Time has run out for Greece. As midnight struck, the deadline for Athens to make a 1.6 billion euro loan repayment to the International Monetary Fund passed without any payment being received.
Officially, the country is now in arrears and risks a Grexit from the euro.
The Greek government called an emergency meeting to discuss the crisis.
It has asked the IMF to extend the bailout programme, but the Eurogroup of finance ministers says it has come too late.
“We’re beyond that point, it comes too late,” Jeroen Djisselbloem told Reuters news agency.
He told a press conference:
“Asking for a new programme is always possible. Greece is a member of the euro zone and it’s a member of the ESM and it can ask for financial support. That is quite a procedure to go through. The institutions will again have to do a lot of work in that. And in the meantime, as you know, the situation in Greece, in the Greek economy, in the Greek banks, has deteriorated even more, unfortunately. So it’s a very difficult path to consider.”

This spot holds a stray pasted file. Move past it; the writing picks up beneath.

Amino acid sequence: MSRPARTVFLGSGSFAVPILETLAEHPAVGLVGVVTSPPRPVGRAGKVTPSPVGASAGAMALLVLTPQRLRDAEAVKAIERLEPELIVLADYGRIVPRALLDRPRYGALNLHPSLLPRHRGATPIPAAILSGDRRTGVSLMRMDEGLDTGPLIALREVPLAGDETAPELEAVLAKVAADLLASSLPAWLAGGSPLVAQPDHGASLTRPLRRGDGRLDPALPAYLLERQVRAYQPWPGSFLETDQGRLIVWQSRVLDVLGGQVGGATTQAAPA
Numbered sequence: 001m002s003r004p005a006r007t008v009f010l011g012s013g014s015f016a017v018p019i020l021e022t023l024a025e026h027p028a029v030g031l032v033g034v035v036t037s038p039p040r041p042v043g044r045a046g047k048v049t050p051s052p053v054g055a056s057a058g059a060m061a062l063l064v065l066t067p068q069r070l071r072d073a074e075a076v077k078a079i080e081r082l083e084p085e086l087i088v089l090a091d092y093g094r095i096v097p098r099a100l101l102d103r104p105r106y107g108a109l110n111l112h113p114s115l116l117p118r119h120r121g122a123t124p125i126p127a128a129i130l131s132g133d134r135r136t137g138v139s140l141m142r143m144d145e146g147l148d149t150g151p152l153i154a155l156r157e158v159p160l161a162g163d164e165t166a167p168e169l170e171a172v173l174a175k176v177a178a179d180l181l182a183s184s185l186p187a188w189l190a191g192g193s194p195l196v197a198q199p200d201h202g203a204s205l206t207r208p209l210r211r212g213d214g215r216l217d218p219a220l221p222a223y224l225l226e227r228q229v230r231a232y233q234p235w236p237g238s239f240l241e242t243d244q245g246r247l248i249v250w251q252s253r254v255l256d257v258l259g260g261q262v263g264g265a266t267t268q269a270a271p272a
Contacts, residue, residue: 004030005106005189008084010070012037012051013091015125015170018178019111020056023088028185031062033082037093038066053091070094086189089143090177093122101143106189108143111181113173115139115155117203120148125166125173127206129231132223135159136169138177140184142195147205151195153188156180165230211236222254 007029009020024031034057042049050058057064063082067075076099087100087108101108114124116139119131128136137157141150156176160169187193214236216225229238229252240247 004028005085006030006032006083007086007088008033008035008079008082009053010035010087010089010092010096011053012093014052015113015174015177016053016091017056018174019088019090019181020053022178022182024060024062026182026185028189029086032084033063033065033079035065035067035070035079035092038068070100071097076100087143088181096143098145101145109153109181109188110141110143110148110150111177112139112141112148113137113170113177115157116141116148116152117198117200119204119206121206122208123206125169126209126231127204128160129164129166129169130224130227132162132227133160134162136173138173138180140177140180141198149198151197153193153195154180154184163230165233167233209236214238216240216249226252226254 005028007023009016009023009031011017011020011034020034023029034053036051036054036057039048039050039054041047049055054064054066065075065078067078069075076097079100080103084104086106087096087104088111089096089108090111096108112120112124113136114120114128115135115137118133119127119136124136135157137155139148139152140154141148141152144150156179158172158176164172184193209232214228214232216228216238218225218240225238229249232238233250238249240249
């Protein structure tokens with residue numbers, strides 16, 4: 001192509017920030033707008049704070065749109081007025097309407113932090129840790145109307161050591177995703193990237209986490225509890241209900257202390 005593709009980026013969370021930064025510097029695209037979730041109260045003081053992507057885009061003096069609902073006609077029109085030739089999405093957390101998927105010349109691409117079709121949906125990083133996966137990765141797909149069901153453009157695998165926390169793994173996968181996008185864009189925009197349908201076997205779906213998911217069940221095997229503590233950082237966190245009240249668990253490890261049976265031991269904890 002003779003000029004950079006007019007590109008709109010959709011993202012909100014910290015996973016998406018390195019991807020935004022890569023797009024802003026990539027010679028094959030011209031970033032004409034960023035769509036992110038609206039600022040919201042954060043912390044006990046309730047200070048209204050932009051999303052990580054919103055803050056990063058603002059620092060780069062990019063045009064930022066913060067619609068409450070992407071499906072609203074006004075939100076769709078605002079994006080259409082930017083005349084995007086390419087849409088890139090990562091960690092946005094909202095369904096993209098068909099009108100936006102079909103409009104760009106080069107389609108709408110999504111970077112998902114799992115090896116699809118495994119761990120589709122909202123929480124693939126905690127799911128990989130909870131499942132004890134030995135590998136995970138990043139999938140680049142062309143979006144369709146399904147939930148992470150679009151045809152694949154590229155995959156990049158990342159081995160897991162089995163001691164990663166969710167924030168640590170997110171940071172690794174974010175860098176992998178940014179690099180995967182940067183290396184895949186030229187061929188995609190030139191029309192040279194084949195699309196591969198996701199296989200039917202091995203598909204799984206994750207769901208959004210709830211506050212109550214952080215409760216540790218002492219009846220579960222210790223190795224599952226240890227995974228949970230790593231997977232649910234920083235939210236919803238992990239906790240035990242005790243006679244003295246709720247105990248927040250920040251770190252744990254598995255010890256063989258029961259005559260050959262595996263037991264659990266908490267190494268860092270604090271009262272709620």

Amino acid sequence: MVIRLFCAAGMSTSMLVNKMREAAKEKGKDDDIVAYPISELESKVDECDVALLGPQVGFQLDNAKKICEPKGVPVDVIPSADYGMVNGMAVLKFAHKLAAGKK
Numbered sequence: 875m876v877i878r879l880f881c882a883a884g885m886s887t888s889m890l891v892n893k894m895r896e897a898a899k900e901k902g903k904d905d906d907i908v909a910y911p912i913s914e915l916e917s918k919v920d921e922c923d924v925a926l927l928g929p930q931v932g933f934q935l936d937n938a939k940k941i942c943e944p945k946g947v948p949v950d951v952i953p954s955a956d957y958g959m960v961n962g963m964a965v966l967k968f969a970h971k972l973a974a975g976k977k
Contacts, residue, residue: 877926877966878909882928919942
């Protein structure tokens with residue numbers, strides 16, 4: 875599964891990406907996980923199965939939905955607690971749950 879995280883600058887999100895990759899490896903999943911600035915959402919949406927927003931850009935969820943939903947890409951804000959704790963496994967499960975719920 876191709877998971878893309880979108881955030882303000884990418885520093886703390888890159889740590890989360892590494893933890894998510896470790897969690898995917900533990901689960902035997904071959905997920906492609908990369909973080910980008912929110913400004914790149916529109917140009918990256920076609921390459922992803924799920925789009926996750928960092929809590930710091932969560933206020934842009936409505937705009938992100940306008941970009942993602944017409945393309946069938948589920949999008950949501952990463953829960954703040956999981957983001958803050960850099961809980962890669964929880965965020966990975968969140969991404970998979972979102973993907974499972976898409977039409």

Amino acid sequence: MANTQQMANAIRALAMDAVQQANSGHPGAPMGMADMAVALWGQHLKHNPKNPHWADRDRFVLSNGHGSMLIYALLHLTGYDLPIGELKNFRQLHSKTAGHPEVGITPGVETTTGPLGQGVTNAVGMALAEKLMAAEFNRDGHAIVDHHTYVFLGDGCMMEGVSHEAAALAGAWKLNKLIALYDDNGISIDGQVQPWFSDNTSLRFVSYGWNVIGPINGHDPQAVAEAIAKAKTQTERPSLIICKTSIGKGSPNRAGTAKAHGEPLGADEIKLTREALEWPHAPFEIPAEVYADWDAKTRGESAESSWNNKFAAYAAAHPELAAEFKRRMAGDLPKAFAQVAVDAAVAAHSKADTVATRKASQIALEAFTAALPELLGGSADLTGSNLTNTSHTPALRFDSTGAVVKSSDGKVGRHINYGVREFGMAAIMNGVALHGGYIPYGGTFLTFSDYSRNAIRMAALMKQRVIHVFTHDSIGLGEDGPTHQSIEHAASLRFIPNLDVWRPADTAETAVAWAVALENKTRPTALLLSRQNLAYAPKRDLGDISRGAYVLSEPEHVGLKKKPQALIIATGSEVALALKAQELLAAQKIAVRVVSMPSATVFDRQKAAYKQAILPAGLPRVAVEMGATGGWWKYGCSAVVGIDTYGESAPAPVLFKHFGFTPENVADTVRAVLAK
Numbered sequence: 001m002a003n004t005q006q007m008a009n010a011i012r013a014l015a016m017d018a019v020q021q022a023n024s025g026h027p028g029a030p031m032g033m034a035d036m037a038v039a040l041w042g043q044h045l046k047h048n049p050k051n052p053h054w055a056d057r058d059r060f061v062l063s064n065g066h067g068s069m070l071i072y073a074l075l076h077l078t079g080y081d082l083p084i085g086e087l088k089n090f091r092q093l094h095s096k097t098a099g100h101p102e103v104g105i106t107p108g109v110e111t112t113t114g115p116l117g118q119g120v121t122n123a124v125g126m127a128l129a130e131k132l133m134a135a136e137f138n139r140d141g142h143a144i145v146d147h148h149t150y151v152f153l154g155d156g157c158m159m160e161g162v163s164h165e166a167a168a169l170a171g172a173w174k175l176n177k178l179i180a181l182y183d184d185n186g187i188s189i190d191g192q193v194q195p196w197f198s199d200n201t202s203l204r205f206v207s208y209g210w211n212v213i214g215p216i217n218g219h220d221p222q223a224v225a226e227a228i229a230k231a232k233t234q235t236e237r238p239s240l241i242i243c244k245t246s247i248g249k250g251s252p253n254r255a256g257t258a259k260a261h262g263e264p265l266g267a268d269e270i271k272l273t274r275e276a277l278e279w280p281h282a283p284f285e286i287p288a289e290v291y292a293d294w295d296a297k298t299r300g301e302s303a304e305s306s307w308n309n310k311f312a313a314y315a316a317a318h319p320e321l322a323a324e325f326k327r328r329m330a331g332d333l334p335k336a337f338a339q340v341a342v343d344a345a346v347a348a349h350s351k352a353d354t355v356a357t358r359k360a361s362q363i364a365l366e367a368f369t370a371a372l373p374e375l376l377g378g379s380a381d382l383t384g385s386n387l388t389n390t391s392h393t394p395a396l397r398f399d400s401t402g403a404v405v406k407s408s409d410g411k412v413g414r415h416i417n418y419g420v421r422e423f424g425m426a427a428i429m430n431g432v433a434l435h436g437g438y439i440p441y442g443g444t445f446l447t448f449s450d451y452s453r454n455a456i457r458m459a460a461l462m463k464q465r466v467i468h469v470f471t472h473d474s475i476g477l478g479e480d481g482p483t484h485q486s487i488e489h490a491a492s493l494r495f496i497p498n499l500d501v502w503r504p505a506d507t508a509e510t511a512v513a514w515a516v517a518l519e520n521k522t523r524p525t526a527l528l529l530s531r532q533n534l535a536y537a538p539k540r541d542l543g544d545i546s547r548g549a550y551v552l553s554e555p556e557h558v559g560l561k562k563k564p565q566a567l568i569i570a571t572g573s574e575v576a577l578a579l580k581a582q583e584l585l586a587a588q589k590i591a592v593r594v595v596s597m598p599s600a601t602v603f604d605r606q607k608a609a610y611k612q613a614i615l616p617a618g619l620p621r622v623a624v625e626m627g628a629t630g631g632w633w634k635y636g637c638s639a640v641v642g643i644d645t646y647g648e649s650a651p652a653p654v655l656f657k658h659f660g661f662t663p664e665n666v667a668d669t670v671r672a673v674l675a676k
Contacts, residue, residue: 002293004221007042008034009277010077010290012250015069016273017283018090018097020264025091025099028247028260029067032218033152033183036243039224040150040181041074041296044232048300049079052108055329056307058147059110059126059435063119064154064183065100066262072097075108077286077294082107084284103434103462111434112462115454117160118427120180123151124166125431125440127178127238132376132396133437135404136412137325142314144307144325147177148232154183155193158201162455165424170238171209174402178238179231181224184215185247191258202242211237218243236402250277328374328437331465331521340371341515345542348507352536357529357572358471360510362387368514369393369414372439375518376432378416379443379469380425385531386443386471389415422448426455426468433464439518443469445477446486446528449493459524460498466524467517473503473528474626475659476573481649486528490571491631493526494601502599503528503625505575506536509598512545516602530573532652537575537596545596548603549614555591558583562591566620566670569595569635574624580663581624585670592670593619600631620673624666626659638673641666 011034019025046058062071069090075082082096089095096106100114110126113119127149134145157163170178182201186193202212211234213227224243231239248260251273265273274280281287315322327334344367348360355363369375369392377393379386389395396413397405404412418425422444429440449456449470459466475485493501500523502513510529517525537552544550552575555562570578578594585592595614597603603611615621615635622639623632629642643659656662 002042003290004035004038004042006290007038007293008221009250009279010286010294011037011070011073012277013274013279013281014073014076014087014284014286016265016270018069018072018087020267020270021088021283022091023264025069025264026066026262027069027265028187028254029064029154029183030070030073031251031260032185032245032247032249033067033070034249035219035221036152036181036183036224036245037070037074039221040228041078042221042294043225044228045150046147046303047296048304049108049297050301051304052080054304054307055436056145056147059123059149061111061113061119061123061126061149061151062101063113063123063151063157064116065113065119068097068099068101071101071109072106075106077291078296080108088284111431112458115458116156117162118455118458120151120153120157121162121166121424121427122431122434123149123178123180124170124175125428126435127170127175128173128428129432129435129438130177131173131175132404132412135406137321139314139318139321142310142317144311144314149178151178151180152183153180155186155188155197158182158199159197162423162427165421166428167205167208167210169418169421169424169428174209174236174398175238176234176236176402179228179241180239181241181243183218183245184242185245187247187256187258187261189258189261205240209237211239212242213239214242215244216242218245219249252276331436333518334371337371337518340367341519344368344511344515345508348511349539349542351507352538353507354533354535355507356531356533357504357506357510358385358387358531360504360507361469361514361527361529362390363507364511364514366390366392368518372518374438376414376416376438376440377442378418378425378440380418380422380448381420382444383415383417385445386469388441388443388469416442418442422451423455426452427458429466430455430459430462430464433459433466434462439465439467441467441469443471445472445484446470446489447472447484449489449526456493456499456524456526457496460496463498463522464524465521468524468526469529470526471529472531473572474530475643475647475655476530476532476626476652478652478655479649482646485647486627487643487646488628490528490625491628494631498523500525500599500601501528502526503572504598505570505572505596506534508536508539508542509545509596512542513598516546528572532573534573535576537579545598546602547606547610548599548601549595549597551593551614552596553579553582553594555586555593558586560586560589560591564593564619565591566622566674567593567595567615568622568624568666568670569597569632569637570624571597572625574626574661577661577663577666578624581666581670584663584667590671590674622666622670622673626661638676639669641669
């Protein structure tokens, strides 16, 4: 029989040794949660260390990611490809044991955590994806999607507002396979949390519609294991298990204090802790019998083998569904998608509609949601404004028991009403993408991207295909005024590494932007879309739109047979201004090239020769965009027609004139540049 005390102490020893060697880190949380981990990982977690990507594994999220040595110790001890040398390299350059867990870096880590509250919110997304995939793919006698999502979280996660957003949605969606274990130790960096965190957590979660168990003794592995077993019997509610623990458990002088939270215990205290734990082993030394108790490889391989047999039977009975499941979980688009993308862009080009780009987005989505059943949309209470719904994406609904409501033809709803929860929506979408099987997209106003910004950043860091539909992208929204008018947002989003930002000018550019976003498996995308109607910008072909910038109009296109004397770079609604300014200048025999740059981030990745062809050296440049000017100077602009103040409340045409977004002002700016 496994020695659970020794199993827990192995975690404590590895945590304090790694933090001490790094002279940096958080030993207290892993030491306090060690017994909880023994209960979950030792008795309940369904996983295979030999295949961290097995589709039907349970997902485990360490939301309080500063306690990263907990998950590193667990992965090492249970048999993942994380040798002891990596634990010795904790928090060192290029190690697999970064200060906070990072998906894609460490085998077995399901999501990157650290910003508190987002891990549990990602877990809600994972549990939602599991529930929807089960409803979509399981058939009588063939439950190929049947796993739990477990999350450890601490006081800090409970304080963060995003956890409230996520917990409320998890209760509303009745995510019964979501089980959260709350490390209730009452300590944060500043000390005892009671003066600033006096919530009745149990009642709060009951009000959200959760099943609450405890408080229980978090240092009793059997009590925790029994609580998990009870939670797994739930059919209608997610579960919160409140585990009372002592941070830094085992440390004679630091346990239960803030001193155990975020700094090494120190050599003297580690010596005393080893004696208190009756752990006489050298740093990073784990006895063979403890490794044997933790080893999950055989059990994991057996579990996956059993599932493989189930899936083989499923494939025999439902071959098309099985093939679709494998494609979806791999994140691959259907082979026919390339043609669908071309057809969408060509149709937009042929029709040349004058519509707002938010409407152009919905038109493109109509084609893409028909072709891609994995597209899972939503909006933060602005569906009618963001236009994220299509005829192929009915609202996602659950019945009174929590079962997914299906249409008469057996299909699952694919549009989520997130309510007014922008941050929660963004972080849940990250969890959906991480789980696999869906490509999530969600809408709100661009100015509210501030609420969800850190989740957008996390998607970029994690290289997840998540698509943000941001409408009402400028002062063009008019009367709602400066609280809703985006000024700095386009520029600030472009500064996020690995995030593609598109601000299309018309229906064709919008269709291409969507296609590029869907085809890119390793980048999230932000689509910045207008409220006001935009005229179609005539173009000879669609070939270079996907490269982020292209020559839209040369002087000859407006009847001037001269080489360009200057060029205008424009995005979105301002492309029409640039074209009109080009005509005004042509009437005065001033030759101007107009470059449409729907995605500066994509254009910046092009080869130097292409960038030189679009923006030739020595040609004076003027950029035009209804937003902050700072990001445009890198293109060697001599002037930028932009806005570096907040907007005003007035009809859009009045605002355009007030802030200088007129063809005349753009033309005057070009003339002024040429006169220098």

Prime Minister Alexis Tsipras has submitted a two-year aid proposal calling for parallel debt restructuring.
Djisselbloem said Greece must change its stance towards its creditors before euro zone partners could make a decision.
He added that any new programme may come with even tougher conditions than before.
The Eurogroup is due to discuss the proposals in another conference call on Wednesday morning (July 1).
Greece is due to hold a referendum on Sunday (July 7) over whether voters should accept creditor terms for another bailout. However, some see it as a vote on whether to stay in the eurozone.
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